Are you thinking about becoming a sperm donor or using donated sperm to conceive a baby? While sperm donation can be incredibly rewarding, there are many crucial considerations. Find out what sperm donation involves for both donors and recipients in this article.
With a shortage of sperm donors in Australia, there has never been a better time to give the gift of life. By generously donating sperm, you could help a couple or single woman conceive a child and start a family.
The typical sperm donor is a healthy man, in his early 20?s to his mid 40?s. Your local fertility clinic will be able to advise you on their specific eligible sperm donor criteria.
Fertility clinics in Australia will provide guidance, counselling and support throughout the sperm donation process. ?Clinic recruited? donors may give between five and 10 semen donations.
Since it?s illegal in Australia to purchase human tissue, men are not paid for donating sperm. However, the fertility clinic (or the recipient if known to the donor) usually reimburses reasonable expenses (such as travel and parking expenses). In some states, clinic recruited donors may also be reimbursed for their time spent attending appointments.
The sperm donation process involves:
Medical Consultation: Donors will meet with a fertility specialist who will discuss the process of donation, take a thorough medical history and assess eligibility for the sperm donation program.
Counselling: In preparation for donation, the donor, and their partner if they have one, will need to meet with a counsellor to discuss the legal and ethical implications of donating sperm. Donors will need to provide written consent for a permanent record of identifying information about everyone involved (where this information is stored varies from state to state in Australia. When a child born from donated sperm turns 18, identifying information about their donor can be released if they request them.
Sperm donation tests: Donors then have blood tests to screen for genetic conditions and infections such as HIV, Hepatitis B & C, Chlamydia and Gonorrhoea. A semen analysis will also check the quality of the man?s sperm.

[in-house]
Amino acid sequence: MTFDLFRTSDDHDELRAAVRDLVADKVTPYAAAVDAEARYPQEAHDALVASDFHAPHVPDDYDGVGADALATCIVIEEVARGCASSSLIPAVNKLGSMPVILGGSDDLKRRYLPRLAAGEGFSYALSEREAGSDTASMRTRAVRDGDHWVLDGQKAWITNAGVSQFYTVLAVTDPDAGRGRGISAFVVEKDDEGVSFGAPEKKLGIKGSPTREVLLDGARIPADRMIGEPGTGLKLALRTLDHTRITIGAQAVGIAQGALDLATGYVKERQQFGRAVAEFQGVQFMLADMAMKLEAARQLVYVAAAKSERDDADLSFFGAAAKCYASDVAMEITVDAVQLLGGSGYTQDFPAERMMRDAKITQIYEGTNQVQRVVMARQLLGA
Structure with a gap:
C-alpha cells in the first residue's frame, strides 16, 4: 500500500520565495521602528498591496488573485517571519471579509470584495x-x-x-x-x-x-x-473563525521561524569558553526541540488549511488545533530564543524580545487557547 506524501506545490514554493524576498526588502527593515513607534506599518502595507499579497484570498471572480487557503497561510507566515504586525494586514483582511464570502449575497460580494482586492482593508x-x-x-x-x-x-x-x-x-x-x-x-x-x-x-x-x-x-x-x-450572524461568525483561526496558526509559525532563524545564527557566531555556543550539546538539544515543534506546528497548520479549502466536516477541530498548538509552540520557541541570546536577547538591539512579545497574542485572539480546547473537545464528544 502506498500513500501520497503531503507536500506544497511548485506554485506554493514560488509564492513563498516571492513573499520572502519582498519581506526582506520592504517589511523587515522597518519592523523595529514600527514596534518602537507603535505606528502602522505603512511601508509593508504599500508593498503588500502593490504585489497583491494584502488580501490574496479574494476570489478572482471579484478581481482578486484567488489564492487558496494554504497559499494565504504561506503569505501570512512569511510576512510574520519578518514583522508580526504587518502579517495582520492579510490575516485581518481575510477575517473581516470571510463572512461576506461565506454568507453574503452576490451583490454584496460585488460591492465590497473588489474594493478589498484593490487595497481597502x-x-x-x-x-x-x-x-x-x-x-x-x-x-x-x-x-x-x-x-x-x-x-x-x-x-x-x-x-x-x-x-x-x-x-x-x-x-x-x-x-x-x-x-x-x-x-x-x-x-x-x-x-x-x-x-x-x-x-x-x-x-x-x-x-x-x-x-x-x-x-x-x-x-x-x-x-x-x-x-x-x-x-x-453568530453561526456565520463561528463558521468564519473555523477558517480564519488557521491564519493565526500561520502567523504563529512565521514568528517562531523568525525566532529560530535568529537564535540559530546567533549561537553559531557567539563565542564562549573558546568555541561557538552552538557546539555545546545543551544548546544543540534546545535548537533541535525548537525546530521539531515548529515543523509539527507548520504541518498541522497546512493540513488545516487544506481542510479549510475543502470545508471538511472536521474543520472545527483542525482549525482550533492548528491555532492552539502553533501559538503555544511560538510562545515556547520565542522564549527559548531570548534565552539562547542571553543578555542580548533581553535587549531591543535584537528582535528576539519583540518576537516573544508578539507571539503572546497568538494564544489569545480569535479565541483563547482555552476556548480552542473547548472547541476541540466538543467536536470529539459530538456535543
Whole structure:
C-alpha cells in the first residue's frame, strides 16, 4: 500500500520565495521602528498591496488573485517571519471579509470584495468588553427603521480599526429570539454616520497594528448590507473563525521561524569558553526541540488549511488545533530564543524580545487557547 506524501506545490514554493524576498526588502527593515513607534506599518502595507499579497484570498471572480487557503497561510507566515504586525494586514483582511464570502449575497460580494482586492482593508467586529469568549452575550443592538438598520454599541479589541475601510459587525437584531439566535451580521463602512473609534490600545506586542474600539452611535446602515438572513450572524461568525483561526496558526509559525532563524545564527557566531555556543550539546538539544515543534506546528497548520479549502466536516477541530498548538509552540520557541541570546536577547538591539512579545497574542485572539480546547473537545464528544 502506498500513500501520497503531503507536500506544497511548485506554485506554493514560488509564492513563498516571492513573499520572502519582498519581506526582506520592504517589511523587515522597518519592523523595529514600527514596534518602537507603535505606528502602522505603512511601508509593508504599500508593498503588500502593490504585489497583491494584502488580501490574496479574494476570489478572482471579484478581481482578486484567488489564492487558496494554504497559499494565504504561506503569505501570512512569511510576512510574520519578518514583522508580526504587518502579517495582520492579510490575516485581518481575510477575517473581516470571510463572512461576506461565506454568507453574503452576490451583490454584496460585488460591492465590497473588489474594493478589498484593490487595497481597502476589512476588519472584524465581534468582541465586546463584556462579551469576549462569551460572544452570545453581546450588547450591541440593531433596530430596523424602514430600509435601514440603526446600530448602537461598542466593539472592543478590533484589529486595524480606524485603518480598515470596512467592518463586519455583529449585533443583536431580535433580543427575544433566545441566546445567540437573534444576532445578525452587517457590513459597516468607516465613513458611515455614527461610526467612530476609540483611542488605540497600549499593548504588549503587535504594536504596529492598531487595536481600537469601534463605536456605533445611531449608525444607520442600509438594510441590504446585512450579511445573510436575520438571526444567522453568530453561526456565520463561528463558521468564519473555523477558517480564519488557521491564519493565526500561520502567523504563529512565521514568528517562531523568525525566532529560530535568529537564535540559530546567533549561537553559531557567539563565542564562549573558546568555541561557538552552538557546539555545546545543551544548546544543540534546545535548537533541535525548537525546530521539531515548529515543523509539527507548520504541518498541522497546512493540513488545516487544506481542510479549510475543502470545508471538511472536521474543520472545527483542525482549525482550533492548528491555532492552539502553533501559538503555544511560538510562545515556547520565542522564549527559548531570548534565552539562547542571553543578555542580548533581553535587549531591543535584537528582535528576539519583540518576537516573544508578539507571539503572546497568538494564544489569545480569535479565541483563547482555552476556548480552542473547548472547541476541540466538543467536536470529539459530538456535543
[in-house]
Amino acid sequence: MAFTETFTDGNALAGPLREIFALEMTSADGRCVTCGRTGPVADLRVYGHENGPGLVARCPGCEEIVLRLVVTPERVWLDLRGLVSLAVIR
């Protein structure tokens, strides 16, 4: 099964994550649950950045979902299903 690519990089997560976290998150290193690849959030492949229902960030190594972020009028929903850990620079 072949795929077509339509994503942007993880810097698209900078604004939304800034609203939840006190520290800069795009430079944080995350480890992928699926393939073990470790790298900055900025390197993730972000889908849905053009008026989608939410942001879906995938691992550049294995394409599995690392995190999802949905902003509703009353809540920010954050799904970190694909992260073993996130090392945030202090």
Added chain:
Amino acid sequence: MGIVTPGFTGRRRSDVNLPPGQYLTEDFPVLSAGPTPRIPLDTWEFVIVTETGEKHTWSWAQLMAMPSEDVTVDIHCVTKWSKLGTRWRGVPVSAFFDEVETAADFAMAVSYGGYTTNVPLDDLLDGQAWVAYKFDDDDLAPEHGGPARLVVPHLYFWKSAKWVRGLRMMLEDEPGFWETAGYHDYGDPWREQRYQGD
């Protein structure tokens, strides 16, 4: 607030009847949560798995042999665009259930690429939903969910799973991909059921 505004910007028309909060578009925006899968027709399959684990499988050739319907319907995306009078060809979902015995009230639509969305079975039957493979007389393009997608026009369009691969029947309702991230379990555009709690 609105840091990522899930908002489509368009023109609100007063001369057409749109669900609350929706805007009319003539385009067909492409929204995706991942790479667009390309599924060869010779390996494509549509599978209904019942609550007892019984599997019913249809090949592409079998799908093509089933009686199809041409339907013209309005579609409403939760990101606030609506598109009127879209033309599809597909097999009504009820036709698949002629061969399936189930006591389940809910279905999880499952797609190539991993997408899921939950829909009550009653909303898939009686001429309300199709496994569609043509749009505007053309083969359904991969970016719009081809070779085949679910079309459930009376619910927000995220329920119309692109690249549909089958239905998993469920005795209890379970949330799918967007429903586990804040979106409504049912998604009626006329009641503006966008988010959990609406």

Donate: If a man is accepted as a donor, he will likely attend at least five donation appointments. The donations will be quarantined for up to six months and then the donor will be re-screened for infection. If the sperm is healthy, it will be released for use.
For heterosexual couples experiencing male fertility issues, or same sex or a single woman, donated sperm may help them start a family.
Sperm can be donated by someone known to the recipient (recipient recruited) or a de identified donor (clinic recruited). Sperm donor clinics are required to carefully screen and select donors, to ensure recipients receive quality sperm and are given the greatest chance of conceiving.
If you are using donated sperm to help conceive a baby, the recipients will first meet with a fertility specialist to discuss fertility treatment. They will then meet with a Fertility Counsellor. The counsellor will ensure you are comfortable with the emotional, ethical and legal implications of using donated sperm. Your Fertility Clinic will then help you choose a suitable donor from their database, if you don?t have a sperm donor of your own, and prepare you for treatment. This could involve Intrauterine Insemination (IUI) or IVF treatment with ICSI (Intracytoplasmic Sperm Injection).
Sperm donation: next steps
For more information about becoming or finding a sperm donor, contact your local fertility clinic.